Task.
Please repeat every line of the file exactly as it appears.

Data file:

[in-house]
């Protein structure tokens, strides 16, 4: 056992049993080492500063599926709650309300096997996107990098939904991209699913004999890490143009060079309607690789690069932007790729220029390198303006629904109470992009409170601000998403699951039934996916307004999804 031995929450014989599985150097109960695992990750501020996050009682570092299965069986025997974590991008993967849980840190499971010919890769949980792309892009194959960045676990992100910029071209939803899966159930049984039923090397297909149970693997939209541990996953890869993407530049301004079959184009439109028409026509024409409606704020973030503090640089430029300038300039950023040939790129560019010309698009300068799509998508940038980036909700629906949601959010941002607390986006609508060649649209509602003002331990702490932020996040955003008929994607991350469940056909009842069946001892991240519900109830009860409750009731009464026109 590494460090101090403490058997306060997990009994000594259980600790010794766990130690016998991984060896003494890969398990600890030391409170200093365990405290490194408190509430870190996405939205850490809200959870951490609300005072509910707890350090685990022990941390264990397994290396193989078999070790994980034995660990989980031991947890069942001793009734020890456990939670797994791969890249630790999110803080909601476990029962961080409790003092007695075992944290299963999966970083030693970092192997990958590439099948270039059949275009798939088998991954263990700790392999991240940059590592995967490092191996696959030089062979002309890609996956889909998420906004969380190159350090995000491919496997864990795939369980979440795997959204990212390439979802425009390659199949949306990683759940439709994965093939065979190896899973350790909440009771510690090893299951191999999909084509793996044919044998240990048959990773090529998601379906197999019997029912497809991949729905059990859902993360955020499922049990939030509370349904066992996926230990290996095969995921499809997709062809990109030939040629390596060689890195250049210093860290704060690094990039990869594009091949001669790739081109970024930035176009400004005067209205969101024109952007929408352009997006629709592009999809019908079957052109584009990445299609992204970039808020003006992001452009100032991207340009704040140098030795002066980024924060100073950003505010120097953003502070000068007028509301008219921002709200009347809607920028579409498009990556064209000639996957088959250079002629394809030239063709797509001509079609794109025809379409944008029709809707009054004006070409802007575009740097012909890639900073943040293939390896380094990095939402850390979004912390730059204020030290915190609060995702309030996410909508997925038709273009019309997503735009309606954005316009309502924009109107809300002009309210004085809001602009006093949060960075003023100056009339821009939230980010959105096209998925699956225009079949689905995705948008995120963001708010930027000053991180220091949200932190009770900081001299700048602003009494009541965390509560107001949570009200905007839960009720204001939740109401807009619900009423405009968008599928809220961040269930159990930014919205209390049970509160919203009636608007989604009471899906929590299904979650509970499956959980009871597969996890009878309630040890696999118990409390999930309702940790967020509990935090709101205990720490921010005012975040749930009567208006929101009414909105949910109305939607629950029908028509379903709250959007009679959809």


[in-house]
């Protein structure tokens, strides 16, 4: 056992049993080492500063599926709650309300096997996107990098939904991209699913004999890490143009060079309607690789690069932007790729220029390198303006629904109470992009409170601000998403699951039934996916307004999804 031995929450014989599985150097109960695992990750501020996050009682570092299965069986025997974590991008993967849980840190499971010919890769949980792309892009194959960045676990992100910029071209939803899966159930049984039923090397297909149970693997939209541990996953890869993407530049301004079959184009439109028409026509024409409606704020973030503090640089430029300038300039950023040939790129560019010309698009300068799509998508940038980036909700629906949601959010941002607390986006609508060649649209509602003002331990702490932020996040955003008929994607991350469940056909009842069946001892991240519900109830009860409750009731009464026109 590494460090101090403490058997306060997990009994000594259980600790010794766990130690016998991984060896003494890969398990600890030391409170200093365990405290490194408190509430870190996405939205850490809200959870951490609300005072509910707890350090685990022990941390264990397994290396193989078999070790994980034995660990989980031991947890069942001793009734020890456990939670797994791969890249630790999110803080909601476990029962961080409790003092007695075992944290299963999966970083030693970092192997990958590439099948270039059949275009798939088998991954263990700790392999991240940059590592995967490092191996696959030089062979002309890609996956889909998420906004969380190159350090995000491919496997864990795939369980979440795997959204990212390439979802425009390659199949949306990683759940439709994965093939065979190896899973350790909440009771510690090893299951191999999909084509793996044919044998240990048959990773090529998601379906197999019997029912497809991949729905059990859902993360955020499922049990939030509370349904066992996926230990290996095969995921499809997709062809990109030939040629390596060689890195250049210093860290704060690094990039990869594009091949001669790739081109970024930035176009400004005067209205969101024109952007929408352009997006629709592009999809019908079957052109584009990445299609992204970039808020003006992001452009100032991207340009704040140098030795002066980024924060100073950003505010120097953003502070000068007028509301008219921002709200009347809607920028579409498009990556064209000639996957088959250079002629394809030239063709797509001509079609794109025809379409944008029709809707009054004006070409802007575009740097012909890639900073943040293939390896380094990095939402850390979004912390730059204020030290915190609060995702309030996410909508997925038709273009019309997503735009309606954005316009309502924009109107809300002009309210004085809001602009006093949060960075003023100056009339821009939230980010959105096209998925699956225009079949689905995705948008995120963001708010930027000053991180220091949200932190009770900081001299700048602003009494009541965390509560107001949570009200905007839960009720204001939740109401807009619900009423405009968008599928809220961040269930159990930014919205209390049970509160919203009636608007989604009471899906929590299904979650509970499956959980009871597969996890009878309630040890696999118990409390999930309702940790967020509990935090709101205990720490921010005012975040749930009567208006929101009414909105949910109305939607629950029908028509379903709250959007009679959809």